Fort McMurray wildfire nearly as big as PEI, crosses Saskatchewan border

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Wildfire status

The wildfire burning near Fort McMurray grew by about 60,000 hectares between Wednesday and Thursday, burning though 483,084 hectares, or 4,830 square kilometres. To put it in context, the fire has burned across a swath of land equal to 85 per cent of Prince Edward Island.

Thursday morning, the province said the fire had reached 505,645 hectares. The fire had crossed the Saskatchewan border, burning about 700 hectares northeast of Gordon Lake.  It’s still about 30 kilometres away from La Loche, the nearest Saskatchewan community.

Syncrude, Suncor oil producing sites spared from damage from wildfires


Syncrude, Suncor oil producing sites spared from damage from wildfires


Alberta government: Fort McMurray residents returning home will not be left on their own


Fort McMurray wildfire: 700 hectares of Sask. ground now covered in flames


Fort McMurray wildfire: Favourable weather could spell good news for firefighting efforts

Emergency management commissioner Duane McKay says there’s no direct threat from the flames, in part because of the lake next to the village and because fires last year mean there’s less brush and trees to burn. McKay say smoke is a big concern in La Loche.

Sky in La Loche at 6 p.m. Wednesday, May 18, 2016.

Courtesy: Tarra Phillips

Ash from the Fort McMurray wildfire falling down on cars in La Loche, Sask.

Courtesy: Tarra Phillips

Smoke from the Fort McMurray wildfire now seen in La Loche, Sask, Thursday May 19, behind Ducharme Elementary School.

Courtesy: Alfie Piche

Alberta Wildfire’s Chad Morrison said the area burned by the Fort McMurray wildfire is bigger than the entire area burned in all of last year’s wildfire season.

However, crews did “tremendous” work Wednesday, he said, and “held the fire yesterday in all critical areas.”

Morrison said the fire continues to spread northeast, away from the oilsands facilities and into remote forested areas.



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    He said the fire got close to the Syncrude and Suncor facilities Wednesday but was held at the edge of the vegetation around the sites.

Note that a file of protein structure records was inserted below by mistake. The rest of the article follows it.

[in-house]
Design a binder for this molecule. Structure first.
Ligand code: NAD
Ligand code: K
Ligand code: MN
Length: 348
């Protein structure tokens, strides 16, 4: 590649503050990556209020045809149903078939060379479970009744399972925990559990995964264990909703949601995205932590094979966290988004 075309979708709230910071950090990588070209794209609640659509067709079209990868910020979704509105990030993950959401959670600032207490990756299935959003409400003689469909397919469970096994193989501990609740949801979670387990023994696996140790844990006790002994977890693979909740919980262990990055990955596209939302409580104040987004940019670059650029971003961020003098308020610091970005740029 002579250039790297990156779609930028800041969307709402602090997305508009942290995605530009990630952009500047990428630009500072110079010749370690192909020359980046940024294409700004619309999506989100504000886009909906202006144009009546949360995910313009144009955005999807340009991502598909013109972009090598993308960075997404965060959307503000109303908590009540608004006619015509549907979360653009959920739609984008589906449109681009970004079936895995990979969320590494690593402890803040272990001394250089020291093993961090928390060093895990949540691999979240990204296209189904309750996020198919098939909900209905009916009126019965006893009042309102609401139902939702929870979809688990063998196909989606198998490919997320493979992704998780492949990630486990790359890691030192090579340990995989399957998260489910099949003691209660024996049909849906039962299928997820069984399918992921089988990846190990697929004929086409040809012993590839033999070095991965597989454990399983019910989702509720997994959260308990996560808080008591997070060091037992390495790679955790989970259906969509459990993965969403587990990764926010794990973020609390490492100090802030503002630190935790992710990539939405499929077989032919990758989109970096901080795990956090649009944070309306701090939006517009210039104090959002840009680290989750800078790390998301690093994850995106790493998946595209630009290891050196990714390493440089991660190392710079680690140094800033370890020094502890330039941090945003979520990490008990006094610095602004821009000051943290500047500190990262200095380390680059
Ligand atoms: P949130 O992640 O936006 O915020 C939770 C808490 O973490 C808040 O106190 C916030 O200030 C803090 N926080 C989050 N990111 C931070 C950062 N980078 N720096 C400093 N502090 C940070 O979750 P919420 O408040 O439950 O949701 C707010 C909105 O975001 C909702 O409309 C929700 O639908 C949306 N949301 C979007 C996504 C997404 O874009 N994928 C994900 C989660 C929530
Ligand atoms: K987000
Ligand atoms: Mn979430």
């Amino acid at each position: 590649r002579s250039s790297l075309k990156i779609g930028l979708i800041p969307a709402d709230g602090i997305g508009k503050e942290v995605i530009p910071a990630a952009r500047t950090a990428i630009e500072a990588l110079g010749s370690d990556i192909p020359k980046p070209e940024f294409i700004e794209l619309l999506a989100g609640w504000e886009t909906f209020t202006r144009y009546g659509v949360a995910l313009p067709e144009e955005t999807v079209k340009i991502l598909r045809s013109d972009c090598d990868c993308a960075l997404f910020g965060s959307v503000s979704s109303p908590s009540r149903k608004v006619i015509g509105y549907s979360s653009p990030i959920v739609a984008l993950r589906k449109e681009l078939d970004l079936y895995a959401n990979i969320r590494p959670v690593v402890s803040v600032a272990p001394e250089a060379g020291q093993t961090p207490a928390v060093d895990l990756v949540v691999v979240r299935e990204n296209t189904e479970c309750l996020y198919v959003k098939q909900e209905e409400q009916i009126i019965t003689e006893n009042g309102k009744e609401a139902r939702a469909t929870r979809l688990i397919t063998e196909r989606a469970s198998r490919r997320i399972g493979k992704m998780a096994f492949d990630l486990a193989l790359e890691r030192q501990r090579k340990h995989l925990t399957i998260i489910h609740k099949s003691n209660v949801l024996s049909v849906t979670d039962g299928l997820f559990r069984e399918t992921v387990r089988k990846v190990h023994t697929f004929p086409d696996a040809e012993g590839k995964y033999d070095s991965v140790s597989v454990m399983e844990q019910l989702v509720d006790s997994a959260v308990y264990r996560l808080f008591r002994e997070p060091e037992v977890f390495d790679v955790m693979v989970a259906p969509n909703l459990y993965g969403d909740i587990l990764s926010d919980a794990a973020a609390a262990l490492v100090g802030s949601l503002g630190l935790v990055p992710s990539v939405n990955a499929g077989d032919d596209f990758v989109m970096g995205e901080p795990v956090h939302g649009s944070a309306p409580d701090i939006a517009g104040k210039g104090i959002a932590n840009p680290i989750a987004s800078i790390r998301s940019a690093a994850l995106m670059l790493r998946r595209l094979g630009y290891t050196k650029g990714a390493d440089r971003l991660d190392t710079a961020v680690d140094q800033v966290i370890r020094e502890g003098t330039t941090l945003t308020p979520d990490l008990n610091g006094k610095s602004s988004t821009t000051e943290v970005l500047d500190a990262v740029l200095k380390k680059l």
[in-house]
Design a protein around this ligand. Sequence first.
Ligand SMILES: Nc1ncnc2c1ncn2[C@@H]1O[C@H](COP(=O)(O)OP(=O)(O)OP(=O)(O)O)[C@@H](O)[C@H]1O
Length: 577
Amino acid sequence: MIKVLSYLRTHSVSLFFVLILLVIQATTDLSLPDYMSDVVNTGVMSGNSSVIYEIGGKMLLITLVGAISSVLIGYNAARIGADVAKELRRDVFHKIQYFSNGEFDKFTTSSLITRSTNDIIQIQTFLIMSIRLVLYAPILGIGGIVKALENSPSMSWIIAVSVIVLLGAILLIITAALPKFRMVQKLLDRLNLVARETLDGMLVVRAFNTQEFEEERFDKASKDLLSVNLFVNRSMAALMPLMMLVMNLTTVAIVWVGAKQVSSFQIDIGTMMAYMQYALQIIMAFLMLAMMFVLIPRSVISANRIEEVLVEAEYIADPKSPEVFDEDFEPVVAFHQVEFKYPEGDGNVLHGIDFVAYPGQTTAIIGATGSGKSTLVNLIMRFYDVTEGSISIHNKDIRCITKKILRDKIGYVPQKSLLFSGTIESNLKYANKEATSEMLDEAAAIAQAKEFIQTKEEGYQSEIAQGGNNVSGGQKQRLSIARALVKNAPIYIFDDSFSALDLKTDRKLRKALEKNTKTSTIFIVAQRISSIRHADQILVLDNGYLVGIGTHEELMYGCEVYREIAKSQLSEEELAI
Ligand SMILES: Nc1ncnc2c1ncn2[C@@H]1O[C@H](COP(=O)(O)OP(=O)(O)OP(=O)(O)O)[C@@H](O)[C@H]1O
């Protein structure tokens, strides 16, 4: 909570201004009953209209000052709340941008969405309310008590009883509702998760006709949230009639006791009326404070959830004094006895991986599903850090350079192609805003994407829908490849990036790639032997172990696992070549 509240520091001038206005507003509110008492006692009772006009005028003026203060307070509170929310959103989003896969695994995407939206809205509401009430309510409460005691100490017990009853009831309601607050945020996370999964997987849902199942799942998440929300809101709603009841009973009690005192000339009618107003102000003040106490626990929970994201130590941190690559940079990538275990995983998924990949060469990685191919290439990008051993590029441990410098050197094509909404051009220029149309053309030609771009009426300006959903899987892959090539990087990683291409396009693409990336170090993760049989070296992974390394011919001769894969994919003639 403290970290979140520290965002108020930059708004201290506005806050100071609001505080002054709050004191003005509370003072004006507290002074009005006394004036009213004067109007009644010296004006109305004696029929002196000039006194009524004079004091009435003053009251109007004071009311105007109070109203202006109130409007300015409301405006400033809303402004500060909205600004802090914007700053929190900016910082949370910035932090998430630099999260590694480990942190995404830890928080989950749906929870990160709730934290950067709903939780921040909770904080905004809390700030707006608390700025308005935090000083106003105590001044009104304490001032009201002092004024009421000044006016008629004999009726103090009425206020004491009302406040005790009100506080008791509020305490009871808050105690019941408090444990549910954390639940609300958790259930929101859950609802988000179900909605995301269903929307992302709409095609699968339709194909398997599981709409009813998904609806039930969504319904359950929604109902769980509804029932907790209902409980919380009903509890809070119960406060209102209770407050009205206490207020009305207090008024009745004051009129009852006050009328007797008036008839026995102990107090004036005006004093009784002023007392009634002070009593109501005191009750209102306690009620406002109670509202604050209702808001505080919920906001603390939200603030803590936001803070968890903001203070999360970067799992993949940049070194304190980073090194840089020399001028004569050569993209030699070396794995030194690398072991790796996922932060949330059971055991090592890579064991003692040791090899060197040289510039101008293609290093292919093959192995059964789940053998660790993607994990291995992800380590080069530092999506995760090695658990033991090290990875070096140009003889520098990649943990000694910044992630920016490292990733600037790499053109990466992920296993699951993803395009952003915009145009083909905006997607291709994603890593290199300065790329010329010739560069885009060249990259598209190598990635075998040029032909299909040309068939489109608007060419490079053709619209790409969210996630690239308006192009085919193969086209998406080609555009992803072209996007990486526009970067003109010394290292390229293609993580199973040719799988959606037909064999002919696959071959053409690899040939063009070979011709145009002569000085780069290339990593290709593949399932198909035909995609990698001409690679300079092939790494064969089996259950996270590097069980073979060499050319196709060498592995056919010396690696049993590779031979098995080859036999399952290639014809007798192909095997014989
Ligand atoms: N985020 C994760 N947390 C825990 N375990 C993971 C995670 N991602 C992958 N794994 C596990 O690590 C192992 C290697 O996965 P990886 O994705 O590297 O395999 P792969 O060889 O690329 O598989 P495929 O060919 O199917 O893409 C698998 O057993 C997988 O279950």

“Much of the oilsands facilities see no immediate threat at this time,” Morrison said.

    The mandatory evacuation for 19 work camps remained in effect.

    Estimated wildfire perimeter based on aerial assessment by Anonymous QRCBjQd5I7

    It’s hoped that cooler temperatures and four days of rain will slow the fire’s growth.

    “Similar weather is forecast for tomorrow, which represents a good opportunity for firefighters to continue to strengthen their position against the fire,” Municipal Affairs Minister Danielle Larivee said.

    “We had some tremendous luck today,” Bob Couture, director of the Regional Emergency Operations Centre, said Thursday. “We have overcast skies with light rain and very cool temperatures which is of great assistance on our forest fire fighting.”

    “I found the news this morning to be very heartening,” Wood Buffalo Mayor Melissa Blake said. “It’s wonderful to know that we’re actually making some progress.”

    Blake said she’s feeling more confident that the June 1 goal for starting re-entry will be met.

    “The big factor of course was the air quality people were facing. We’ve been watching the progression of the fire and we’ve really reduced the amount of potential fuel within the urban centre, so it becomes more and more difficult to imagine the fire coming back into the city, but our weather has tricked us before.”

    As of Thursday morning, the air quality index was at a Level 3, but is forecast to reach the top of the 10-point scale later Thursday and Friday.

    Alberta Health Services lifted the precautionary air quality advisory issued May 12 for the Edmonton Zone on Thursday.

    Oilsands sites

    Morrison said the fire continued to spread northeast of the oilsands facilities, but cautioned the fire was “volatile” and its behaviour unpredictable.

    He said the fire came close to the Northland mill site and the Noralta Lodge, but the fire guard has helped secure the site even more. It also came close to the Syncrude and Suncor sites.

    “The threat definitely has diminished in the communities around the oilsands facilities,” Morrison said, “but it’s still early.”

    Highway 63 north of Fort McMurray remains restricted to industrial traffic and first responders. Given its proximity to the fire, it was closed for a short time Wednesday.